“Miss Rook, I am not an occultist,” Jackaby said. “I have a gift that allows me to see truth where others see the illusion – and there are many illusions. All the world’s a stage, as they say, and I seem to have the only seat in the house with a view behind the curtain.”
Newly arrived in New Fiddleham, New England, 1892, and in need of a job, Abigail Rook meets R. F. Jackaby, an investigator of the unexplained with a keen eye for the extraordinary – including the ability to see supernatural beings. Abigail has a gift for noticing ordinary but important details, which makes her perfect for the position of Jackaby’s assistant. On her first day, Abigail finds herself in the midst of a thrilling case: A serial killer is on the loose. The police are convinced it’s an ordinary villain, but Jackaby is certain it’s a nonhuman creature, whose existence the police – with the exception of a handsome young detective named Charlie Cane – deny.
Doctor Who meets Sherlock in William Ritter’s debut novel, which features a detective of the paranormal as seen through the eyes of his adventurous and intelligent assistant in a tale brimming with cheeky humor and a dose of the macabre.
You can read an excerpt here.
A Sherlock comparison is inevitable, when it comes to Jackaby, as it is rather a familiar story – irascible, social nightmare of a genius who, along with his steady, stalwart companion, goes about solving unsolvable crimes – but while Jackaby is unabashedly Sherlockian, it also manages to be amusingly self-aware of the fact, as it proves by page nine:
“I’ve got it,” I announced. “You’re a detective, aren’t you? The man’s eyes stopped darting and locked with mine again. I knew I was onto him this time. “Yes, you’re like whatshisname, aren’t you? The one who consults for Scotland Yard in those stories, right? So, what was it? Let me guess, you smelled salt water on my coat, and I’ve got some peculiar shade of clay caked on my dress, or something like that?
And that is exactly what makes this book work. Jackaby is a story that knows exactly what it is, and just has fun with the tried-and-true elements we all know and love – all of which have stuck around for very good reason. So while this book never entirely manages to escape the long shadow of its own tropes, it does deploy them effectively, and delivers an enjoyably diverting read.
However, the Doctor Who comparison is, I think, pushing it. Down, marketing spiel.
But as for R.F. Jackaby himself, while he is a detective with his own particular brand of signature hat – a hat even uglier than that famous deerstalker – he still never quite manages to cut his own figure. Because though Jackaby is charming in his own right – enough to make believable that Abigail so readily throws her lot in with him (in an entirely non-romantic way) – well, there is no denying the familiarity of his profile, i.e. that of the oh-so-superior sleuth. And though the hook of this particular detective is that he specializes in the paranormal, which brings a fun level of magical mayhem to the proceedings – as best demonstrated by the fact that his former assistant is currently waddling about as waterfowl – by and large, those differences remain at surface level, without ever really altering the essence of the character, which, let’s face it, is a character we’ve all seen many, many times before. So while there are plenty of reasons to have fun, watching Jackaby careen his way through this story, at the end of the day I still found that Jackaby just didn’t manage to make a terribly indelible impression on my mind. He was able and sturdy, yes, so far as a main character goes, but never really strikingly different or original. And that brought a well-worn, comfortable familiarity to it all – which isn’t necessarily a bad thing, but it isn’t necessarily a good thing either.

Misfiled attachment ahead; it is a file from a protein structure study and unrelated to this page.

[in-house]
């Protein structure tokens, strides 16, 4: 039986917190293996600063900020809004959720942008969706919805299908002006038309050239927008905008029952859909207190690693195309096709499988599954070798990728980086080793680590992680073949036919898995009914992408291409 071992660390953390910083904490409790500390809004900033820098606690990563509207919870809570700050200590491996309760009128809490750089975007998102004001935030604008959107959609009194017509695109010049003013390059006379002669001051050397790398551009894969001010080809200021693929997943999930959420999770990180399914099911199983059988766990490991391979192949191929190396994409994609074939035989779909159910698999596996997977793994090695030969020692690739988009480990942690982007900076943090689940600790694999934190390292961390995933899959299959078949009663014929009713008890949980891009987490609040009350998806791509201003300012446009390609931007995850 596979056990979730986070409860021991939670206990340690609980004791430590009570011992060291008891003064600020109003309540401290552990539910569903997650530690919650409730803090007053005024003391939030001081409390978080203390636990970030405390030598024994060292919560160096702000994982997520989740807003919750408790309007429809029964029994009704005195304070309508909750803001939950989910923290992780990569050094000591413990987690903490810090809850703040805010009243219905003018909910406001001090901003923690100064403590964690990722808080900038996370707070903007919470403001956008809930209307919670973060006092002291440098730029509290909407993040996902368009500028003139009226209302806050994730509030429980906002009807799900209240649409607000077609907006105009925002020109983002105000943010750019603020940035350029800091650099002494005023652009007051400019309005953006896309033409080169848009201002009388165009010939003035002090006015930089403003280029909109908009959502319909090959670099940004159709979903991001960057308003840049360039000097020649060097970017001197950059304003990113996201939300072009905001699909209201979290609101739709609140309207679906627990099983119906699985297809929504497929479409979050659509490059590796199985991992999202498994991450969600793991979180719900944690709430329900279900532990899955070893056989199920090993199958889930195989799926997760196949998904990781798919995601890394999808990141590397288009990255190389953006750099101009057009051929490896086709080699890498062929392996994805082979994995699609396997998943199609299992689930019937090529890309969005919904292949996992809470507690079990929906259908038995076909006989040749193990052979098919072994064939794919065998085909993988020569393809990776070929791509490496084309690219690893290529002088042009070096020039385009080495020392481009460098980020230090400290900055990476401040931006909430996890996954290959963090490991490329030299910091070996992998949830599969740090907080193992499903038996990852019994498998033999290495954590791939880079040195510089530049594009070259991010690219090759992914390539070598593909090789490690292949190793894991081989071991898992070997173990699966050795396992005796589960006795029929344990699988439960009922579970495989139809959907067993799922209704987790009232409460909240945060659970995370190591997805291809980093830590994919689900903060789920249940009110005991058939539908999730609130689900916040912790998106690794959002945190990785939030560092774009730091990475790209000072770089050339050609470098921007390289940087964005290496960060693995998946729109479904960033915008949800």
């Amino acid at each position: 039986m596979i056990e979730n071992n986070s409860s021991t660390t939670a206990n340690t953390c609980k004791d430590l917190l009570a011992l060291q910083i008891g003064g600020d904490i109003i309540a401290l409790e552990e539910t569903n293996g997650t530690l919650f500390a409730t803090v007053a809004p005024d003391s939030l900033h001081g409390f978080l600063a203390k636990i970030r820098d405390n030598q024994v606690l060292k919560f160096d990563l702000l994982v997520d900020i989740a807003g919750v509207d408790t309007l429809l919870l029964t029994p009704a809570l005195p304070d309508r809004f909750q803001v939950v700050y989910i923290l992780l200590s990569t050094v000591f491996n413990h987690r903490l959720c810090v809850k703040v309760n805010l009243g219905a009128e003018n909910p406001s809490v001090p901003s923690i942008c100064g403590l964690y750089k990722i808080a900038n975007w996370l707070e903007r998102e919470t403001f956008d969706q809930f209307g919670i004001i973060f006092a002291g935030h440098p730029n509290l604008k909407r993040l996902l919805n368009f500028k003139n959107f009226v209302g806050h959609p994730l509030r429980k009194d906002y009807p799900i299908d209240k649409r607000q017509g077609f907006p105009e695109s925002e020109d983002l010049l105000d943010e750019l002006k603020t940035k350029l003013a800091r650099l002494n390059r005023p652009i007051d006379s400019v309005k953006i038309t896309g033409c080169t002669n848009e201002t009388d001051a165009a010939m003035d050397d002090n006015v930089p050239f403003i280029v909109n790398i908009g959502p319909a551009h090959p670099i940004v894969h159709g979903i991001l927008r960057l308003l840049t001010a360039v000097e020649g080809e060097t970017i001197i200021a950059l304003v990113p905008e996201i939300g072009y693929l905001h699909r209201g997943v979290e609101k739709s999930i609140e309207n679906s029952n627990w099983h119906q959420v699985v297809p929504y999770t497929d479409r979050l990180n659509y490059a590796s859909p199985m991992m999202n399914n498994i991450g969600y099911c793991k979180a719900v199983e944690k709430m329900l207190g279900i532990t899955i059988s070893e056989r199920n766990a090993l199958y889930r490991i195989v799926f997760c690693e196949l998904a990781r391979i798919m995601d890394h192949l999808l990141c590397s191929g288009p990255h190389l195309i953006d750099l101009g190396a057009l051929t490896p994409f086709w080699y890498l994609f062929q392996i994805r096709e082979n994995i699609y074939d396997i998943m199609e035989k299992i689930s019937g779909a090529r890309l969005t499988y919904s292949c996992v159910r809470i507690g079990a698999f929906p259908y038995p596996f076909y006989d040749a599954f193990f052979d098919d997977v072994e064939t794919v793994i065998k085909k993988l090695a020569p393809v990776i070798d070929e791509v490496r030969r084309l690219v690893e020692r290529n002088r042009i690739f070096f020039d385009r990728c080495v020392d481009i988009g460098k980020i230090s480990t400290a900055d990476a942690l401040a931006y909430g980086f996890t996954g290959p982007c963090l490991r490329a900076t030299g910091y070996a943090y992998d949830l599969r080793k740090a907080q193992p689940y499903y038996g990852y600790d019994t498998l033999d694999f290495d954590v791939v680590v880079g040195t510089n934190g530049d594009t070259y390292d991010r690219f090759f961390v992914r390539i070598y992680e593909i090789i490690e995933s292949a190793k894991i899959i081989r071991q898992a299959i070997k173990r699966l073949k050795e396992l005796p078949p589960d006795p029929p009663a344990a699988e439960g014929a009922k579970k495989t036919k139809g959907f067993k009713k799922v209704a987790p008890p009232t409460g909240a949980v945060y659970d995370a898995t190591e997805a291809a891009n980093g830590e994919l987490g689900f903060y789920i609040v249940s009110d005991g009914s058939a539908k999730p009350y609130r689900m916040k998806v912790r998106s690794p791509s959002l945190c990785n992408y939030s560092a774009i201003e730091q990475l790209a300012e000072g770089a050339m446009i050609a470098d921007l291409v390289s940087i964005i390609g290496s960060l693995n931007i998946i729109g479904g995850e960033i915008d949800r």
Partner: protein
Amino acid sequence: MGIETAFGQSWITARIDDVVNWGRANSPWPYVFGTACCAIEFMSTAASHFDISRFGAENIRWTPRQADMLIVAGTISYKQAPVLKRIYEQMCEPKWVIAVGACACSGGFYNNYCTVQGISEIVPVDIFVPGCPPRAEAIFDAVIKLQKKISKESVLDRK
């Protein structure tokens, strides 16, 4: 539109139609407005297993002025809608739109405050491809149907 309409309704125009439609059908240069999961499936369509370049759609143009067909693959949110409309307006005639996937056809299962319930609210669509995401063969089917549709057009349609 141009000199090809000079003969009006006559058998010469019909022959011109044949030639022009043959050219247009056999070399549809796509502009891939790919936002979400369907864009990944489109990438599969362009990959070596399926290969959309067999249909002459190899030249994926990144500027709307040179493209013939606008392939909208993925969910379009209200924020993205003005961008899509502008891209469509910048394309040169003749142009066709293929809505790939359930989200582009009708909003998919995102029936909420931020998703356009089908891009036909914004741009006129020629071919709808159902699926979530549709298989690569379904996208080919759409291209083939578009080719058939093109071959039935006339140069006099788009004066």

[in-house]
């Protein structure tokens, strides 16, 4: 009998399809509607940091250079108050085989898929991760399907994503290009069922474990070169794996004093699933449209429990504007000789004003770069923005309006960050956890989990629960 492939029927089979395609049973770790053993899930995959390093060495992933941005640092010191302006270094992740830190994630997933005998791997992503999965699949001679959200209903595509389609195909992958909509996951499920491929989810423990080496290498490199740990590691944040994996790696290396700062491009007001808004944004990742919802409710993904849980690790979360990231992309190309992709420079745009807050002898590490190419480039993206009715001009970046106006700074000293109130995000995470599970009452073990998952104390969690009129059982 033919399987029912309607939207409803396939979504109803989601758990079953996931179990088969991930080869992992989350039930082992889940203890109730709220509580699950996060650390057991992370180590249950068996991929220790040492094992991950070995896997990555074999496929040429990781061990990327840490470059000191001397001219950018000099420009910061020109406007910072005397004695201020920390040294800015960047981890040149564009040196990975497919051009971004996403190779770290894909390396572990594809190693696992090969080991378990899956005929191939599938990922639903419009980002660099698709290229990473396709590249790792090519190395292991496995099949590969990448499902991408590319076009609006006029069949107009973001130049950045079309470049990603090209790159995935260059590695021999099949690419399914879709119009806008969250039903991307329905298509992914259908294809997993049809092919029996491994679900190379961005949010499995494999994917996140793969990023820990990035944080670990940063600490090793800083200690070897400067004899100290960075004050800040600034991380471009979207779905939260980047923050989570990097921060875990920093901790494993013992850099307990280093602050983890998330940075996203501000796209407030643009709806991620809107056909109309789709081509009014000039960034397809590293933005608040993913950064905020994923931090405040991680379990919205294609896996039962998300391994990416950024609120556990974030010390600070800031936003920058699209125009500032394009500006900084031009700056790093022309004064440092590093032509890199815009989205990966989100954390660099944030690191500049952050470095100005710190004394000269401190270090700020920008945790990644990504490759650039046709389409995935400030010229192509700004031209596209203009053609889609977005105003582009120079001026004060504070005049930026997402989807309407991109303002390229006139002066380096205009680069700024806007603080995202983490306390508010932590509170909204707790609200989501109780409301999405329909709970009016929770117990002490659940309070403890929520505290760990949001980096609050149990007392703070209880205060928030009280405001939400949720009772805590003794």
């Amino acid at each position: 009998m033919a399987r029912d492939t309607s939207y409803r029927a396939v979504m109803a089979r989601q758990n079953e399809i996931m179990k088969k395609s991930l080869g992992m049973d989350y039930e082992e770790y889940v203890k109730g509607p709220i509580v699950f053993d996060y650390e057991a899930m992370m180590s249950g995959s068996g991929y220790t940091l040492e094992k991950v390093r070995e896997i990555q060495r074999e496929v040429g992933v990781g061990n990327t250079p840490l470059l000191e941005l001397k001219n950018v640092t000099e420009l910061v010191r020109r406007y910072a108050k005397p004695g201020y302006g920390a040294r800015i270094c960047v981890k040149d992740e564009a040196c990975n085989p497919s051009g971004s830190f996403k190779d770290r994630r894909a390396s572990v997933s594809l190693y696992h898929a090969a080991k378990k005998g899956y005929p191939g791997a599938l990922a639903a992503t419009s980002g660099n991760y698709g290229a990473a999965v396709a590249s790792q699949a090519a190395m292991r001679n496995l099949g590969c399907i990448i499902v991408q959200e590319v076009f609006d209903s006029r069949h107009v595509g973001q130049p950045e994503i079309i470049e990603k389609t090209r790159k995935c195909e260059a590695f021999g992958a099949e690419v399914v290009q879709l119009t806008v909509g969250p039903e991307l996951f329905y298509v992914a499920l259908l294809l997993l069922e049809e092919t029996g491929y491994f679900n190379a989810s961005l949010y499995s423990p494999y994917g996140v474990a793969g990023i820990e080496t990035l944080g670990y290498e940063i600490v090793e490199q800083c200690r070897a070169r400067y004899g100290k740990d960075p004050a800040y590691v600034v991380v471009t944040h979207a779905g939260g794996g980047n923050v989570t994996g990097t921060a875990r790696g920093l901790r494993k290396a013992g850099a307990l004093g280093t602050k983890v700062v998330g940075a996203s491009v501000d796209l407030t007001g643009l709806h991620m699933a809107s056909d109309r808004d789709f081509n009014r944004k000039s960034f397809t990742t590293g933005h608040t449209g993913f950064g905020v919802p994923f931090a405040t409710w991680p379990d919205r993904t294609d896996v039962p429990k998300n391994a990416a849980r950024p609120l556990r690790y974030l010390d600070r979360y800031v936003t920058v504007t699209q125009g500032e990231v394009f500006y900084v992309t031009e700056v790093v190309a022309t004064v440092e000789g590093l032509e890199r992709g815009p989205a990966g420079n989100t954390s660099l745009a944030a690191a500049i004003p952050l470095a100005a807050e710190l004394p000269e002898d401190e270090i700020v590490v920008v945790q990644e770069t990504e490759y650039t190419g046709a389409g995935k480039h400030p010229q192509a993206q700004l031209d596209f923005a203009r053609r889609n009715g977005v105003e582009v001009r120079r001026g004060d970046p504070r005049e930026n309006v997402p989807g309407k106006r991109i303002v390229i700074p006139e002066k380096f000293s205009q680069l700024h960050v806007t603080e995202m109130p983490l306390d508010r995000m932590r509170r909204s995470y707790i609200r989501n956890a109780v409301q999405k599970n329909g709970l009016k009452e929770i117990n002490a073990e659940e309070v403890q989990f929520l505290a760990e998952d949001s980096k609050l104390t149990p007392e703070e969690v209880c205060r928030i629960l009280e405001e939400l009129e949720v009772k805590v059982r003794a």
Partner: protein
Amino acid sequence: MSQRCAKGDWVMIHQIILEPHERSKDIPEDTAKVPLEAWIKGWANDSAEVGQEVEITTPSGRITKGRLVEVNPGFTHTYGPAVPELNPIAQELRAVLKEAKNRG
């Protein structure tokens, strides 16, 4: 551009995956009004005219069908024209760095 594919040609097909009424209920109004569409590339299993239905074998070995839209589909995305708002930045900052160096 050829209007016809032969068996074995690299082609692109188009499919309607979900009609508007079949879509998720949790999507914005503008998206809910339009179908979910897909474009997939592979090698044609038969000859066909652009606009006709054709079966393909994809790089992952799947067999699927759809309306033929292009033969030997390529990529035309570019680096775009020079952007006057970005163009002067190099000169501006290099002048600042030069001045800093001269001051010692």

And of course, we cannot forget Watson – or in this case, Abigail, who is both the narrator and more relatable half of this particular sleuthing pair. And in fact I really, really enjoyed how Abigail brought a delightful agency to her role as sidekick, as she arrives on-page as a girl actively seeking a bit of adventure in her life – and I also really liked how Abigail was competent and intelligent in her own right, and quickly able to make herself a useful partner to Jackaby, in a delightfully non-bumbling way. But once again, much as I liked Abigail for her determination and her steadiness, there was also something just a tad…bland, about her. She was perfectly likable, to be sure, but at the end of the day, there was just a touch of something missing – a lack of something that kept her from becoming a truly memorable character. And so, with Abigail as with Jackaby, while I liked all the pieces, neither one ever quite managed to be a whole greater than the sum of their parts.
Then as for the mystery itself, it was interesting and entertaining, but also rather heavily telegraphed from early on, I’m afraid – and as such not hard to get ahead of. But still the villain is enjoyably creepy, and the paranormal dangers bring a fun menace to the proceedings, such that all in all, I really did have fun reading this book – I just think it needed perhaps a dash more seasoning. But even so, Jackaby is without doubt a solid and entertaining debut, and as such, I find myself perfectly willing to sign on for the next Jackaby and Abigail adventure.
Byrt Grade: A-
As Levar Burton likes to say – you don’t have to take my word for it…
With a macabre crime investigation, witty banter, unexpected humor, and distinctly likeable characters, Jackaby won me over from the first page to the very last.
Toss together an alternate 19th-century New England city, a strong tradition of Sherlockian pastiche, and one seriously ugly hat, and this lighthearted and assured debut emerges, all action and quirk.